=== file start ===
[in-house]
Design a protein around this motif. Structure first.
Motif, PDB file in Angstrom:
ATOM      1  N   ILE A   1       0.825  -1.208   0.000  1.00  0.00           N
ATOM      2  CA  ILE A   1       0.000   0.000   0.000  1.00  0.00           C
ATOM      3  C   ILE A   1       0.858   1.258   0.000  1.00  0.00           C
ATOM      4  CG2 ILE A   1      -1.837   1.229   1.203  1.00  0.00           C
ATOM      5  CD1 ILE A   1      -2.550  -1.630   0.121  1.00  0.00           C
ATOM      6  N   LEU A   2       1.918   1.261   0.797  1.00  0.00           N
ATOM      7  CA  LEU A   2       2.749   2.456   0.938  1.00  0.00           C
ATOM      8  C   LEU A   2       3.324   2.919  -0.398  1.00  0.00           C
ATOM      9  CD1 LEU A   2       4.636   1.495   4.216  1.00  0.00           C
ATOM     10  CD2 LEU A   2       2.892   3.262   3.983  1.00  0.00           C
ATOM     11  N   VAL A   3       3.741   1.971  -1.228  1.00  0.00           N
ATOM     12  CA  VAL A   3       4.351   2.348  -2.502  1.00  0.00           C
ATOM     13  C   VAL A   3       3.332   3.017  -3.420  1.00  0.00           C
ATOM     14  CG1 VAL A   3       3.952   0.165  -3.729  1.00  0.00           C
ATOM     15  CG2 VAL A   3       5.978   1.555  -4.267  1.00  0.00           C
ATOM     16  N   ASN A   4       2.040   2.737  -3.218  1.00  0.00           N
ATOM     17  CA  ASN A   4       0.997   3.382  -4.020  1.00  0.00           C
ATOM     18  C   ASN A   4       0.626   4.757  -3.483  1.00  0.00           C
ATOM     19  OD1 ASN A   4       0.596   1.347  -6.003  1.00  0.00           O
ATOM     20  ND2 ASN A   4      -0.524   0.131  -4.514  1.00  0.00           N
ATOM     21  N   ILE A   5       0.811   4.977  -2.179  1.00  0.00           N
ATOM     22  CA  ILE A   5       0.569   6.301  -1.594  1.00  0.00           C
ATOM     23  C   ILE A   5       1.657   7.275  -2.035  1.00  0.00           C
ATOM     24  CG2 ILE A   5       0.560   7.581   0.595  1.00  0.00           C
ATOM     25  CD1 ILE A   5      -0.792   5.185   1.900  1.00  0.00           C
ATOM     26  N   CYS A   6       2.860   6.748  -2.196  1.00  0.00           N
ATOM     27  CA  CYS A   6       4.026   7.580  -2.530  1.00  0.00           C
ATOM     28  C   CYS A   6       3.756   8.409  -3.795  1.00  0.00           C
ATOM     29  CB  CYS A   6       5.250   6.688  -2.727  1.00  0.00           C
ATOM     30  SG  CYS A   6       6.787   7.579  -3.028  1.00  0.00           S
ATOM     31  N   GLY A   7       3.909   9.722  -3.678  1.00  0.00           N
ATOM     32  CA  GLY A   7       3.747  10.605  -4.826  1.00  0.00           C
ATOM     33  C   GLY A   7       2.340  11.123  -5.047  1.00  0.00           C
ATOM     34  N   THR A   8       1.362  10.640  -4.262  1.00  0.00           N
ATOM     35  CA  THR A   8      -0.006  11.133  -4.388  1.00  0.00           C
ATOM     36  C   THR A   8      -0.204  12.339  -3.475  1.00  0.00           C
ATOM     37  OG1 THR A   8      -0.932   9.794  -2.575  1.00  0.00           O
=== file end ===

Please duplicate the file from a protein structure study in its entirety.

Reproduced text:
[in-house]
Design a protein around this motif. Structure first.
Motif, PDB file in Angstrom:
ATOM      1  N   ILE A   1       0.825  -1.208   0.000  1.00  0.00           N
ATOM      2  CA  ILE A   1       0.000   0.000   0.000  1.00  0.00           C
ATOM      3  C   ILE A   1       0.858   1.258   0.000  1.00  0.00           C
ATOM      4  CG2 ILE A   1      -1.837   1.229   1.203  1.00  0.00           C
ATOM      5  CD1 ILE A   1      -2.550  -1.630   0.121  1.00  0.00           C
ATOM      6  N   LEU A   2       1.918   1.261   0.797  1.00  0.00           N
ATOM      7  CA  LEU A   2       2.749   2.456   0.938  1.00  0.00           C
ATOM      8  C   LEU A   2       3.324   2.919  -0.398  1.00  0.00           C
ATOM      9  CD1 LEU A   2       4.636   1.495   4.216  1.00  0.00           C
ATOM     10  CD2 LEU A   2       2.892   3.262   3.983  1.00  0.00           C
ATOM     11  N   VAL A   3       3.741   1.971  -1.228  1.00  0.00           N
ATOM     12  CA  VAL A   3       4.351   2.348  -2.502  1.00  0.00           C
ATOM     13  C   VAL A   3       3.332   3.017  -3.420  1.00  0.00           C
ATOM     14  CG1 VAL A   3       3.952   0.165  -3.729  1.00  0.00           C
ATOM     15  CG2 VAL A   3       5.978   1.555  -4.267  1.00  0.00           C
ATOM     16  N   ASN A   4       2.040   2.737  -3.218  1.00  0.00           N
ATOM     17  CA  ASN A   4       0.997   3.382  -4.020  1.00  0.00           C
ATOM     18  C   ASN A   4       0.626   4.757  -3.483  1.00  0.00           C
ATOM     19  OD1 ASN A   4       0.596   1.347  -6.003  1.00  0.00           O
ATOM     20  ND2 ASN A   4      -0.524   0.131  -4.514  1.00  0.00           N
ATOM     21  N   ILE A   5       0.811   4.977  -2.179  1.00  0.00           N
ATOM     22  CA  ILE A   5       0.569   6.301  -1.594  1.00  0.00           C
ATOM     23  C   ILE A   5       1.657   7.275  -2.035  1.00  0.00           C
ATOM     24  CG2 ILE A   5       0.560   7.581   0.595  1.00  0.00           C
ATOM     25  CD1 ILE A   5      -0.792   5.185   1.900  1.00  0.00           C
ATOM     26  N   CYS A   6       2.860   6.748  -2.196  1.00  0.00           N
ATOM     27  CA  CYS A   6       4.026   7.580  -2.530  1.00  0.00           C
ATOM     28  C   CYS A   6       3.756   8.409  -3.795  1.00  0.00           C
ATOM     29  CB  CYS A   6       5.250   6.688  -2.727  1.00  0.00           C
ATOM     30  SG  CYS A   6       6.787   7.579  -3.028  1.00  0.00           S
ATOM     31  N   GLY A   7       3.909   9.722  -3.678  1.00  0.00           N
ATOM     32  CA  GLY A   7       3.747  10.605  -4.826  1.00  0.00           C
ATOM     33  C   GLY A   7       2.340  11.123  -5.047  1.00  0.00           C
ATOM     34  N   THR A   8       1.362  10.640  -4.262  1.00  0.00           N
ATOM     35  CA  THR A   8      -0.006  11.133  -4.388  1.00  0.00           C
ATOM     36  C   THR A   8      -0.204  12.339  -3.475  1.00  0.00           C
ATOM     37  OG1 THR A   8      -0.932   9.794  -2.575  1.00  0.00           O